A man who gave such successful racing tips he claims that he was barred by bookies, has won a VAT tribunal where he proved that £85,000 was receipts from winnings rather than income earned from making a supply.
Jeff Laughton set up a network of around 40 people through his company who placed bets using his money before passing any winnings back to him, to get around being barred from using bookmakers on the high street. People placed bets for him after he had his account closed by a number of firms because, he claims, of his successful bets.
He argued that people were pleased to help him out in return for being able to bet on the same horses he tipped to win, and there were therefore no ‘taxable supplies’ to punters. HMRC argued that by giving the names of favoured runners, Mr Laughton was providing information in return for payments equivalent to winnings.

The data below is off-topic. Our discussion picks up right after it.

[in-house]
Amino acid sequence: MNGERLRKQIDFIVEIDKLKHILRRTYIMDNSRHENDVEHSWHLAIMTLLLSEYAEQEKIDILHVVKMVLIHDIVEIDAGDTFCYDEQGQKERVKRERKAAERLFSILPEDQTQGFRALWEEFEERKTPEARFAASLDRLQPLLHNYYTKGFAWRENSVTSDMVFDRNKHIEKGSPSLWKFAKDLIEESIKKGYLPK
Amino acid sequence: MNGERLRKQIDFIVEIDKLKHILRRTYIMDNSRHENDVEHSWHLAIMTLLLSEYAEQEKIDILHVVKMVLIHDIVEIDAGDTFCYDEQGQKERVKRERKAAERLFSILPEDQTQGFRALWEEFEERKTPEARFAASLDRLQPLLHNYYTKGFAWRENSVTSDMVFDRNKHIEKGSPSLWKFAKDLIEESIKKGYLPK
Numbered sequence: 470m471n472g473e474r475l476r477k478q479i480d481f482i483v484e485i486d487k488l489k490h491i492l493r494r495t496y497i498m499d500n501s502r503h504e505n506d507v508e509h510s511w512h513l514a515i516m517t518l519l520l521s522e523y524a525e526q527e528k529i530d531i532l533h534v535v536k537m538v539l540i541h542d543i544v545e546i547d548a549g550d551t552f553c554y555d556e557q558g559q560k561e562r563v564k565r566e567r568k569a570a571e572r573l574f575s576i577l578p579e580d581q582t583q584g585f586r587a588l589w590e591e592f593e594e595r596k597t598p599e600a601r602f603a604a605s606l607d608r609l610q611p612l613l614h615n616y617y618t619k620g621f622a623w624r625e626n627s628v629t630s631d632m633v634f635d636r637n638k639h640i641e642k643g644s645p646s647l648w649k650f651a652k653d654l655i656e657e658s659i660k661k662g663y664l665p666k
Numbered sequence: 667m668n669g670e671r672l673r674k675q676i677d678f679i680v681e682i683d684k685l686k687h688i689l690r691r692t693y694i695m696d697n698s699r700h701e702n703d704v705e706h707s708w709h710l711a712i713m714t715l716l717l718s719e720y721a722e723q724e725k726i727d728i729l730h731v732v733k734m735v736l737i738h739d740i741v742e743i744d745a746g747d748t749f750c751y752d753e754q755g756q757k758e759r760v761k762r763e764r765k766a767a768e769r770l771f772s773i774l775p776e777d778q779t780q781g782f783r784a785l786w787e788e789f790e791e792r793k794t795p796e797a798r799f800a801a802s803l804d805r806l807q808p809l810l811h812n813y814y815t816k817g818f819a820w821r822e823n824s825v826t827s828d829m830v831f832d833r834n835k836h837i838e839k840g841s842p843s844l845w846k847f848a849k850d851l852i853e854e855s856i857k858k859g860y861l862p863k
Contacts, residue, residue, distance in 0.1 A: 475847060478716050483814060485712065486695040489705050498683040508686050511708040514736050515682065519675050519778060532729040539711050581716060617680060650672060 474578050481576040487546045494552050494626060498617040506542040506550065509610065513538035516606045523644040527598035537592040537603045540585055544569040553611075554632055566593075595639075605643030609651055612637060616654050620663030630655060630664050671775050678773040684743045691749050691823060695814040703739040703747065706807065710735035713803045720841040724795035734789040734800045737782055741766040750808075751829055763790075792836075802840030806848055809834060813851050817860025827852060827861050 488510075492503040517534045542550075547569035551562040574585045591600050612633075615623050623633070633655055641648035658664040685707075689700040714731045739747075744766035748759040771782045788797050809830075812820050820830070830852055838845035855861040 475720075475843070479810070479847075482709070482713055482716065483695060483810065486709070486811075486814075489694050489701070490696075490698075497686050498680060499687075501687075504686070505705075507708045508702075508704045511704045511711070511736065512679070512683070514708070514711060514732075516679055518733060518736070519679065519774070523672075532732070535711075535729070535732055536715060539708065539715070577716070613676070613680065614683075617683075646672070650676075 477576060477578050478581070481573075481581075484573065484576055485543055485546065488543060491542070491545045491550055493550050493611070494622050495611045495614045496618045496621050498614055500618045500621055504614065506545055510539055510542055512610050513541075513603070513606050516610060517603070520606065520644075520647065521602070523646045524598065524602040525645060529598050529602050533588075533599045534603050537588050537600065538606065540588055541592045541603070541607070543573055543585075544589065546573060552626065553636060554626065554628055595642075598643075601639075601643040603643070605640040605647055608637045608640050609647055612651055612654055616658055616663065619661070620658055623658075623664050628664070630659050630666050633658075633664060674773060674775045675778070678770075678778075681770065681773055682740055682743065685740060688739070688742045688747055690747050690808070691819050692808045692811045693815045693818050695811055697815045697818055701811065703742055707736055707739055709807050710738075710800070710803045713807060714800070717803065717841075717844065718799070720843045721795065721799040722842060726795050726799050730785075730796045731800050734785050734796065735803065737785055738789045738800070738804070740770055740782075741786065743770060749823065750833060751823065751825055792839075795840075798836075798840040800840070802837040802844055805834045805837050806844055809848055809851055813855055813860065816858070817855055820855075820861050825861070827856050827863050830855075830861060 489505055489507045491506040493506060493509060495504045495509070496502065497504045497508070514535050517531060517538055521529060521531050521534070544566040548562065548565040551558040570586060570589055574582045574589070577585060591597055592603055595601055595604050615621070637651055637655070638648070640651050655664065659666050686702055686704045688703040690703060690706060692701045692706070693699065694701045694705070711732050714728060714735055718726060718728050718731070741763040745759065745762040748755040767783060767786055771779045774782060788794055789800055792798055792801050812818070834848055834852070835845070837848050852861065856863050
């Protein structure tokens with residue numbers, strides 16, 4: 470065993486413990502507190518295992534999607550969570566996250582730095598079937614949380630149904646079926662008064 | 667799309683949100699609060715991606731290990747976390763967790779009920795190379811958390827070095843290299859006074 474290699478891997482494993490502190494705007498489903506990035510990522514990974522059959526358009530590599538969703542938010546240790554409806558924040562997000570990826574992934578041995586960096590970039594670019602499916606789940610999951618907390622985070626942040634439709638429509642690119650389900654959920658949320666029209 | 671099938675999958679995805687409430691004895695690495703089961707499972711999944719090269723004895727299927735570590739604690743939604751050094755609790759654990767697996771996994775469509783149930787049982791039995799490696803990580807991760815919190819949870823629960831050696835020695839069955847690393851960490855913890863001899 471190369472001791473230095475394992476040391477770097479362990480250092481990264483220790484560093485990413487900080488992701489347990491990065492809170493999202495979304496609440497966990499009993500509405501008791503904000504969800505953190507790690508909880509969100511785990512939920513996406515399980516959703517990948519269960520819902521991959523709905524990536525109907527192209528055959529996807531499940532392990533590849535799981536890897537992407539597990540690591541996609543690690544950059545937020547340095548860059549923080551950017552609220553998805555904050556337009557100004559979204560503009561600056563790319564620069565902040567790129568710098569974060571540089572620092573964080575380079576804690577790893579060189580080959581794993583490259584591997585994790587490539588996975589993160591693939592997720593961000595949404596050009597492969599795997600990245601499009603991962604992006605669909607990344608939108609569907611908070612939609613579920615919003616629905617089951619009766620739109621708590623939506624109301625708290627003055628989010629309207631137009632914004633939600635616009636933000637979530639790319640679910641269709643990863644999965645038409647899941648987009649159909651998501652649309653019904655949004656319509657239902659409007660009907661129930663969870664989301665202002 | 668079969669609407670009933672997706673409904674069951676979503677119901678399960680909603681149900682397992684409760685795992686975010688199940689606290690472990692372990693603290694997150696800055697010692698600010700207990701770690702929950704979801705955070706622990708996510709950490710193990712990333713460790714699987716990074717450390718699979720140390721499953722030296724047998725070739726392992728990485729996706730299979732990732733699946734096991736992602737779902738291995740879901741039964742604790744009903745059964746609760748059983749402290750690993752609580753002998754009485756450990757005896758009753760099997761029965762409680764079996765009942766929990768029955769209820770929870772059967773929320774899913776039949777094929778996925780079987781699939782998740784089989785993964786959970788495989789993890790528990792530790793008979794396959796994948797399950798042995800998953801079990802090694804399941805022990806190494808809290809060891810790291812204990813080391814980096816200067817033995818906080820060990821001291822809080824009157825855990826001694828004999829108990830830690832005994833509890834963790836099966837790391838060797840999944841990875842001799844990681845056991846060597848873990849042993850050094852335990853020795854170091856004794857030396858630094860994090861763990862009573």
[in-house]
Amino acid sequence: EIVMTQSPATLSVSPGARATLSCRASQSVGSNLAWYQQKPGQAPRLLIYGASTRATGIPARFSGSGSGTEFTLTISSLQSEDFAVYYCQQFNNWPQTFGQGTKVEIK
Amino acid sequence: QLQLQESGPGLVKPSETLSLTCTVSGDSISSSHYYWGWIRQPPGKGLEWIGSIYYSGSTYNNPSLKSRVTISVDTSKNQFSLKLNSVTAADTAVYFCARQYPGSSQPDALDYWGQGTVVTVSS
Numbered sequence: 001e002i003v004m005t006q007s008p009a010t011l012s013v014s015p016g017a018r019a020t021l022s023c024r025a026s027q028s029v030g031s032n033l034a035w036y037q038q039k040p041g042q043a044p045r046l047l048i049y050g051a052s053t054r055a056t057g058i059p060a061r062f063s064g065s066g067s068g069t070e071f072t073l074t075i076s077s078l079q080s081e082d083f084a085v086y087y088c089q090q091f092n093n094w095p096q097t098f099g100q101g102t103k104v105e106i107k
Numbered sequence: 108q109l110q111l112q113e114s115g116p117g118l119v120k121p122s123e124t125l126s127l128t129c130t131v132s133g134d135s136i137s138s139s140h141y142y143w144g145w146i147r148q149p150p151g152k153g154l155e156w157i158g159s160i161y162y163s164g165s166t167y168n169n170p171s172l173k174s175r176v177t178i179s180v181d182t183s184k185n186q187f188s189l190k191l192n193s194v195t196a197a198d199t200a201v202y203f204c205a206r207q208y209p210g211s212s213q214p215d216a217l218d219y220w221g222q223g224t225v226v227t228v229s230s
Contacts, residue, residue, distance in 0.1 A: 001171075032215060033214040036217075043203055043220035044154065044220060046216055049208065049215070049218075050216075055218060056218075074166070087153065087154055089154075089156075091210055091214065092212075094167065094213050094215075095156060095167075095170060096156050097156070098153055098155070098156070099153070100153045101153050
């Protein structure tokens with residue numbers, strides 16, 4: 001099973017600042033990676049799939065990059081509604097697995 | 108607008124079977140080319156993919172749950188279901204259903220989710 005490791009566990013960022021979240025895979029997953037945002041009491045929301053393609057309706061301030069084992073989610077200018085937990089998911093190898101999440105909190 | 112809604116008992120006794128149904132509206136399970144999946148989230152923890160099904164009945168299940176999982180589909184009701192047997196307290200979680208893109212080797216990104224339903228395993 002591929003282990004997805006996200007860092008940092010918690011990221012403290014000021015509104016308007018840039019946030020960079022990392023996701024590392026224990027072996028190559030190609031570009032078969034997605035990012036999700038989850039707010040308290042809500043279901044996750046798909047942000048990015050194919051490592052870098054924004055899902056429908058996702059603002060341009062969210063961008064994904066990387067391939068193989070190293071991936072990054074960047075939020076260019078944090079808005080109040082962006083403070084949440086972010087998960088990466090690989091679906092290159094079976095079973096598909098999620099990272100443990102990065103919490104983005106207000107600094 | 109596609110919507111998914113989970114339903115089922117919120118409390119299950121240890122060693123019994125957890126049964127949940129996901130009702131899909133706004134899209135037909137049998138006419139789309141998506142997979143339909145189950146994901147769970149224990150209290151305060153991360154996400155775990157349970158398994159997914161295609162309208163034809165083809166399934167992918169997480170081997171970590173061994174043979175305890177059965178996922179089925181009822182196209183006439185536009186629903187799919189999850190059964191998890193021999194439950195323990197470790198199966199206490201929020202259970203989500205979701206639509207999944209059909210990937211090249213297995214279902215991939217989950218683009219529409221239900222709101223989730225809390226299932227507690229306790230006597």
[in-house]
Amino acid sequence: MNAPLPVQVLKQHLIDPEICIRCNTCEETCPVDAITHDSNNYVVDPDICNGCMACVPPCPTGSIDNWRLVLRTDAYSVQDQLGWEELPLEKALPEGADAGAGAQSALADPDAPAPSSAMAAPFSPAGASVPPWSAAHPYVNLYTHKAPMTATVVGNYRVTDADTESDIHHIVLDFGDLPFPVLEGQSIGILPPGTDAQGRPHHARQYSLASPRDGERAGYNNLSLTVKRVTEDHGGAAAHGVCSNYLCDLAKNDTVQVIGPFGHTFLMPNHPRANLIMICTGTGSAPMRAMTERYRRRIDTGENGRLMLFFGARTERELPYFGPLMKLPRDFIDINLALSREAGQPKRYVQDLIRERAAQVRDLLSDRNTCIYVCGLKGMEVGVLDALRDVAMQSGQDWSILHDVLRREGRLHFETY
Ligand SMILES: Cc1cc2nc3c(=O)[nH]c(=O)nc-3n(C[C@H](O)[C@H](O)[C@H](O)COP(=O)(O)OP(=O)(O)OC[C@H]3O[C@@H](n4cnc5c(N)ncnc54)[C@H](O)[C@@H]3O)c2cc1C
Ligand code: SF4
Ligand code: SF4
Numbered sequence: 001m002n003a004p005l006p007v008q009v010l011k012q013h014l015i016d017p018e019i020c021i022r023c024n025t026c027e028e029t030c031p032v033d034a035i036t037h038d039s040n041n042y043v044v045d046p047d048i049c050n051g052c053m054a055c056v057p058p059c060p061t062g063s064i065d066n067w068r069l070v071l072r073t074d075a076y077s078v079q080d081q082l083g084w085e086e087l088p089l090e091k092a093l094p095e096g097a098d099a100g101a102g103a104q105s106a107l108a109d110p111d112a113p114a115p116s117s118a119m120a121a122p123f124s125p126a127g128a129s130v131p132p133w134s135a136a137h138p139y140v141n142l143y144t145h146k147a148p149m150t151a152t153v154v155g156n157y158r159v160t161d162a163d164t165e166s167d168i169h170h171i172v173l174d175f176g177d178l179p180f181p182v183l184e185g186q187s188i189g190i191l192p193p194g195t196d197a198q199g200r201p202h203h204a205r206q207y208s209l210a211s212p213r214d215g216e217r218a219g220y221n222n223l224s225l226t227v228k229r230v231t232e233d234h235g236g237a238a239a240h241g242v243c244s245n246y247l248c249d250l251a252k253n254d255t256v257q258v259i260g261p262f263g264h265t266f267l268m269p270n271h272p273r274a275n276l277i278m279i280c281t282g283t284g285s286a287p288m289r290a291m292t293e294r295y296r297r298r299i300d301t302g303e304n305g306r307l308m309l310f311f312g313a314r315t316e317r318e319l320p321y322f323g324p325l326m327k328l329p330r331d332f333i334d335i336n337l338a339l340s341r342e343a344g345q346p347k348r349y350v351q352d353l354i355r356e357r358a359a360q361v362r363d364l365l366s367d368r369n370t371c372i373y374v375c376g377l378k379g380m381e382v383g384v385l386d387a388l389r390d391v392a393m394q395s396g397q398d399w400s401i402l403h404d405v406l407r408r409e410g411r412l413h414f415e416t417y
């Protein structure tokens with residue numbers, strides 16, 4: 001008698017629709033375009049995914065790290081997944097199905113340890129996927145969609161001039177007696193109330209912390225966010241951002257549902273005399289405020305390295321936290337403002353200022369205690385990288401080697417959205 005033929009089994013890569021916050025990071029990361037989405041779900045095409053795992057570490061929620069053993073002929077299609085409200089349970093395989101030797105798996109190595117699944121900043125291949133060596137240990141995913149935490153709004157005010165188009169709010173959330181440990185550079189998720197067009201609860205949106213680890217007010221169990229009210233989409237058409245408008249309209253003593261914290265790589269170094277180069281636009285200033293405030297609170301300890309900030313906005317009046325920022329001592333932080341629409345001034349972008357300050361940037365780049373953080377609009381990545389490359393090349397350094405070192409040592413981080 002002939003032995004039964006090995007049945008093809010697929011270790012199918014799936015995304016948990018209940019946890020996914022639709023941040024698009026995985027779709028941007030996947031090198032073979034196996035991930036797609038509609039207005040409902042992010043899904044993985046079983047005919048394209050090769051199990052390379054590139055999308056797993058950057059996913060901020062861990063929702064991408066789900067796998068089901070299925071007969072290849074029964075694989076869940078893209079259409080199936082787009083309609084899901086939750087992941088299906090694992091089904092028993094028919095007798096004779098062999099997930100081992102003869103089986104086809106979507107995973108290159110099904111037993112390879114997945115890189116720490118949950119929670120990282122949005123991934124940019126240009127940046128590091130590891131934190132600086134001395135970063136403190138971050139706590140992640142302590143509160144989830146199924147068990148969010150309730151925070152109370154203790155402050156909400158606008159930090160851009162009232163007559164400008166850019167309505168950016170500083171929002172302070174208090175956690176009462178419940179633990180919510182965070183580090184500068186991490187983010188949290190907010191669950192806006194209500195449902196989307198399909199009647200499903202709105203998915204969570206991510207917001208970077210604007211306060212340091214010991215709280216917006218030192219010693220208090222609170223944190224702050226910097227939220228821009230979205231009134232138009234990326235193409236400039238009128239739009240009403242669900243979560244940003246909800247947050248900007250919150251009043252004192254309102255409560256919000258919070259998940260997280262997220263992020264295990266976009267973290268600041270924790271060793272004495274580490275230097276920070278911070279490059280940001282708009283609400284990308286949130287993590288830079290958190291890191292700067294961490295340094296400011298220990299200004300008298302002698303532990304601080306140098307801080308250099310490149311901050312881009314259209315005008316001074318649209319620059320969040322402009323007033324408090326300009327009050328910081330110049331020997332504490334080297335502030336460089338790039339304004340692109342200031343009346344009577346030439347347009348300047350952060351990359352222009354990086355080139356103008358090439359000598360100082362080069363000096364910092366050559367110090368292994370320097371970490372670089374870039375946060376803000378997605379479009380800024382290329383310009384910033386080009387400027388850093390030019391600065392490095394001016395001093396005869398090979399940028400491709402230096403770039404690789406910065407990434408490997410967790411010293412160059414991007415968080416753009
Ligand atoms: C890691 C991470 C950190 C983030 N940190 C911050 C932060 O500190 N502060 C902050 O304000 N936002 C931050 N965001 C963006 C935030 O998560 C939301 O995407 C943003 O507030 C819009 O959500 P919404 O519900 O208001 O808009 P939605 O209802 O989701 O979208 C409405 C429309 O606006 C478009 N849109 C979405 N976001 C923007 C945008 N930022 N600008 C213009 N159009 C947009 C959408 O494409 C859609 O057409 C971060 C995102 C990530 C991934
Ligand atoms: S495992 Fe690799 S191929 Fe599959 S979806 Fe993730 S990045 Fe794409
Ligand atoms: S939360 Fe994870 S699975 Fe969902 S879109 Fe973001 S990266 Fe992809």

A First-Tier Tribunal found that Mr Laughton was purely using others to place his bets and it was “immaterial” if they decided to use his tips for their own bets or not. It found that people placing bets for him ran no risks and would never be out-of-pocket in that it was always Mr Laughton who provided the stake money.
This meant that VAT totalling £85,000 that Mr Laughton had erroneously accounted for on his winnings, was repayable to him.
The Tribunal also ordered HMRC to allow Mr Laughton’s business, Victorangle Limited, to de -register from VAT.
The moral here is that it’s important not to make assumptions when it comes to VAT. Mr Laughton had assumed that VAT was due on his winnings. When he realises his mistake, he was able to correct it and to recoup £85,000 of overpaid VAT.
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